This collection of historical texts is notable for including a copy of the Anglo-Saxon Chronicle. This version of the Chronicle was probably begun in the 1050s, with entries about contemporary events being added through the 1060s to the end of the 1070s. The entries for the 1050s and 1060s often mention Ealdred (Aldred), bishop of Worcester (1046–1061) and archbishop of York (1060–1069), which suggests that the manuscript was made at Worcester or York. For example, the entry for 1066 describes Archbishop Ealdred’s role in the coronation of King William I, at Westminster Abbey, on Christmas Day.
This manuscript of the Anglo-Saxon Chronicle also contains the only record of William the Conqueror visiting England before the Norman Conquest. The entry for 1051 notes that William of Normandy came to England from across the sea. He was received by Edward the Confessor and was then allowed to return home. It is hard to see this as anything other than an understanding between the two leaders on some significant issue, conceivably the succession to the English throne.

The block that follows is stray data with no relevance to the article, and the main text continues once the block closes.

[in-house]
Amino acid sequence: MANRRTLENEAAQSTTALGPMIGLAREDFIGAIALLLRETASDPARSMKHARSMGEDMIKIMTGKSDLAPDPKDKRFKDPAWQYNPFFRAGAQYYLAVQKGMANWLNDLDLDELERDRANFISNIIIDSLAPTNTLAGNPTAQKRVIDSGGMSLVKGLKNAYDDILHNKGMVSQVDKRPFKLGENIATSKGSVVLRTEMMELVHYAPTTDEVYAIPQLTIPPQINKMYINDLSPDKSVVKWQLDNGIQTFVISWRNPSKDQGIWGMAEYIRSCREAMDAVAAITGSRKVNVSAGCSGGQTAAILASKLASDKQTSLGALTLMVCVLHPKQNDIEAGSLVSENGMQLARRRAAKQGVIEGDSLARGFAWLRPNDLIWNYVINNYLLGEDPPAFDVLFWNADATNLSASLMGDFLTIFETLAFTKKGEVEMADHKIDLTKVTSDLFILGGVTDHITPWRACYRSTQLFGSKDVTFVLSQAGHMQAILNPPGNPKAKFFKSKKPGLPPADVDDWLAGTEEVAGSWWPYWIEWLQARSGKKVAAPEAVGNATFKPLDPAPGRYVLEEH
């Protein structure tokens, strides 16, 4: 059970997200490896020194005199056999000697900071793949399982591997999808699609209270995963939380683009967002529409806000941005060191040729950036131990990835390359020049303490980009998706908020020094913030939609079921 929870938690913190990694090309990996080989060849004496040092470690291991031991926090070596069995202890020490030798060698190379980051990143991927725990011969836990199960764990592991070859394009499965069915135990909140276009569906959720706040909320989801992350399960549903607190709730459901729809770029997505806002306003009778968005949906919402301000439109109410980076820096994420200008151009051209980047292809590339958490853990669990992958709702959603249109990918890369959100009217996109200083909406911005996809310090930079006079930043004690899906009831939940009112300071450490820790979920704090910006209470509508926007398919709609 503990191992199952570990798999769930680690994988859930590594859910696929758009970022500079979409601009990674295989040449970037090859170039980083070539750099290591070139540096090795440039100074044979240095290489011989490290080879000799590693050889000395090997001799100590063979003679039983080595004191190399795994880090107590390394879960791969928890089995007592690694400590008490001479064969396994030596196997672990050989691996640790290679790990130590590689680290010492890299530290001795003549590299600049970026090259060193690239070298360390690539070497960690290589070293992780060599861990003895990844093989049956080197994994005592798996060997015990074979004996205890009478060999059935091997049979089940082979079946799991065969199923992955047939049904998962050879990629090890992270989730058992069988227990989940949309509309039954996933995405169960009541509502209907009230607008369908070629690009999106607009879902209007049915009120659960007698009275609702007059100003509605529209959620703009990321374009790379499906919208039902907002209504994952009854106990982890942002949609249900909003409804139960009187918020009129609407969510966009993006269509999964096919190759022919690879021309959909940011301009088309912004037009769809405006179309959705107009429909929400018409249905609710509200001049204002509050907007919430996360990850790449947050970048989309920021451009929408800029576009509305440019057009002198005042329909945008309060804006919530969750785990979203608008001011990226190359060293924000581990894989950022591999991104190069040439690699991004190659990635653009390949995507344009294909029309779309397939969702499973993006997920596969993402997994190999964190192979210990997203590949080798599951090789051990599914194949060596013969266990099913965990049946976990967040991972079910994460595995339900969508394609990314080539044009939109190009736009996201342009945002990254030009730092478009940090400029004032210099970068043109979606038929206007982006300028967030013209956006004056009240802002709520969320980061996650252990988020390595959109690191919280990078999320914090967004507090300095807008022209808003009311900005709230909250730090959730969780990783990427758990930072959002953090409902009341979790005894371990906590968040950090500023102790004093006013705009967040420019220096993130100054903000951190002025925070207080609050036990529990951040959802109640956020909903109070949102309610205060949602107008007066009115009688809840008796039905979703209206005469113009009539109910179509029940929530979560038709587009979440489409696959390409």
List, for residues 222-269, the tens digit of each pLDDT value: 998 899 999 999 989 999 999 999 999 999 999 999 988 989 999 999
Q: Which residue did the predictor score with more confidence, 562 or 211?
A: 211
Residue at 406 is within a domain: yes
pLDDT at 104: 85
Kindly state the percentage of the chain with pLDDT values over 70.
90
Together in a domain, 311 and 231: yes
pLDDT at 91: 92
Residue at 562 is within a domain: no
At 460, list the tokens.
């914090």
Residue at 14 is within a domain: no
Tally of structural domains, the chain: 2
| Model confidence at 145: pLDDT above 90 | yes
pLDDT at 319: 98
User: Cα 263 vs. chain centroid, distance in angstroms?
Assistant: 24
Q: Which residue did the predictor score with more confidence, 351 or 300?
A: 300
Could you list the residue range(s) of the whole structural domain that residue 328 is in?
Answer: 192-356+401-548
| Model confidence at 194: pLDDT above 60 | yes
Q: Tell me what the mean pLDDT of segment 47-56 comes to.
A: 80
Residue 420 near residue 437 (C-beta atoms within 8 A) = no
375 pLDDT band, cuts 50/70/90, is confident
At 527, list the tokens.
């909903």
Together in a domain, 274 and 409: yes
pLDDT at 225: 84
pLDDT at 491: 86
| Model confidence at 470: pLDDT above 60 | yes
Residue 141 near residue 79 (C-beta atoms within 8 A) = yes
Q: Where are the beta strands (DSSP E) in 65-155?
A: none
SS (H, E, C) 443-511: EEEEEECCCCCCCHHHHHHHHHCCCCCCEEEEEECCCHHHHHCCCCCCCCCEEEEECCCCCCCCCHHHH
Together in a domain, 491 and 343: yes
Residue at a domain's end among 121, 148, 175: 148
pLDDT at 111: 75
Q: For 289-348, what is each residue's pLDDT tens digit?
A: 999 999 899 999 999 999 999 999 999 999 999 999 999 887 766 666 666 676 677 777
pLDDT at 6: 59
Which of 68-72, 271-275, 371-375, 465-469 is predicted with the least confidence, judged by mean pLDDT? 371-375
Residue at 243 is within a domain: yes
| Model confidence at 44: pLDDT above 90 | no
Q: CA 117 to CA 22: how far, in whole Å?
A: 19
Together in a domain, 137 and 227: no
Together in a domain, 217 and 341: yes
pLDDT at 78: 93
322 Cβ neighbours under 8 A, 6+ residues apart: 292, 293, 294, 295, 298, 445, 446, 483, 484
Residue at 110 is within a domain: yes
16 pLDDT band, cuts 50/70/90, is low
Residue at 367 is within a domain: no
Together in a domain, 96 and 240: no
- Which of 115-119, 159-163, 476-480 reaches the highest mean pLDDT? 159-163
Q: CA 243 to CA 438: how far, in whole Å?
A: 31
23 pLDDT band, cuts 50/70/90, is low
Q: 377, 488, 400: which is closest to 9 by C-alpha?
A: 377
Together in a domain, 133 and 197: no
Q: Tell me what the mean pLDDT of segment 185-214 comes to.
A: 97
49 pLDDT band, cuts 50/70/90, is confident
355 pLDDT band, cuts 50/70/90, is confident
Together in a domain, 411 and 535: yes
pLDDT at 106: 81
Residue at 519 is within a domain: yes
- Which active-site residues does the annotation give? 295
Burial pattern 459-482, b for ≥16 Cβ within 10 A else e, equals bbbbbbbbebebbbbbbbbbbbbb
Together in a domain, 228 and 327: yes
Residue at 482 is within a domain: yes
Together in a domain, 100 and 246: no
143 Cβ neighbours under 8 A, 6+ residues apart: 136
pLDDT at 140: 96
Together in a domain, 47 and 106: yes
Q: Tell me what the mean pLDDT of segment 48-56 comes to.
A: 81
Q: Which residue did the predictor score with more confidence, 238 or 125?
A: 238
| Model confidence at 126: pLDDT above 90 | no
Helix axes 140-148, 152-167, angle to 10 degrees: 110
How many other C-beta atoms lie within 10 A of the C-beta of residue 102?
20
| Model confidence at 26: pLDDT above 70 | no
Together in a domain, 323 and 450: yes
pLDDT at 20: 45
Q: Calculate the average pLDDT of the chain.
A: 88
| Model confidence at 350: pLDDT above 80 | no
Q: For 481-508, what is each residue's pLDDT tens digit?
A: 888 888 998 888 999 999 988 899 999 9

In the 17th century, this copy of the Anglo-Saxon Chronicle was bound with other historical texts and documents. These include two writs of King Cnut of England (reigned 1016–1035) and a 14th or 15th-century copy of the Chronicle of Walter of Guisborough, covering the years 1066–1305. This volume also contains extracts from another manuscript of the Anglo-Saxon Chronicle (manuscript E), made by John Joscelyn (died 1603), a clergyman who pioneered the academic study of Old English.
- Full title:
- Anglo-Saxon Chronicle D; writs of Cnut; extracts from Anglo-Saxon Chronicle E; Chronicle of Walter of Guisborough
- Mid 11th century
- Usage terms
Public Domain in most countries other than the UK.
- Held by
- British Library
- Cotton MS Tiberius B IV
- Article by:
- Alison Hudson
How did the Battle of Hastings start? What did medieval accounts have to say about the Battle? Was King Harold really killed by an arrow to the eye? Find out the answers here.
- Article by:
- The British Library
The 11th century witnessed two conquests of England, first by the Danes, and then by the Normans. Here, we find out more about the invasions – together with their consequences, both on the English language and the government.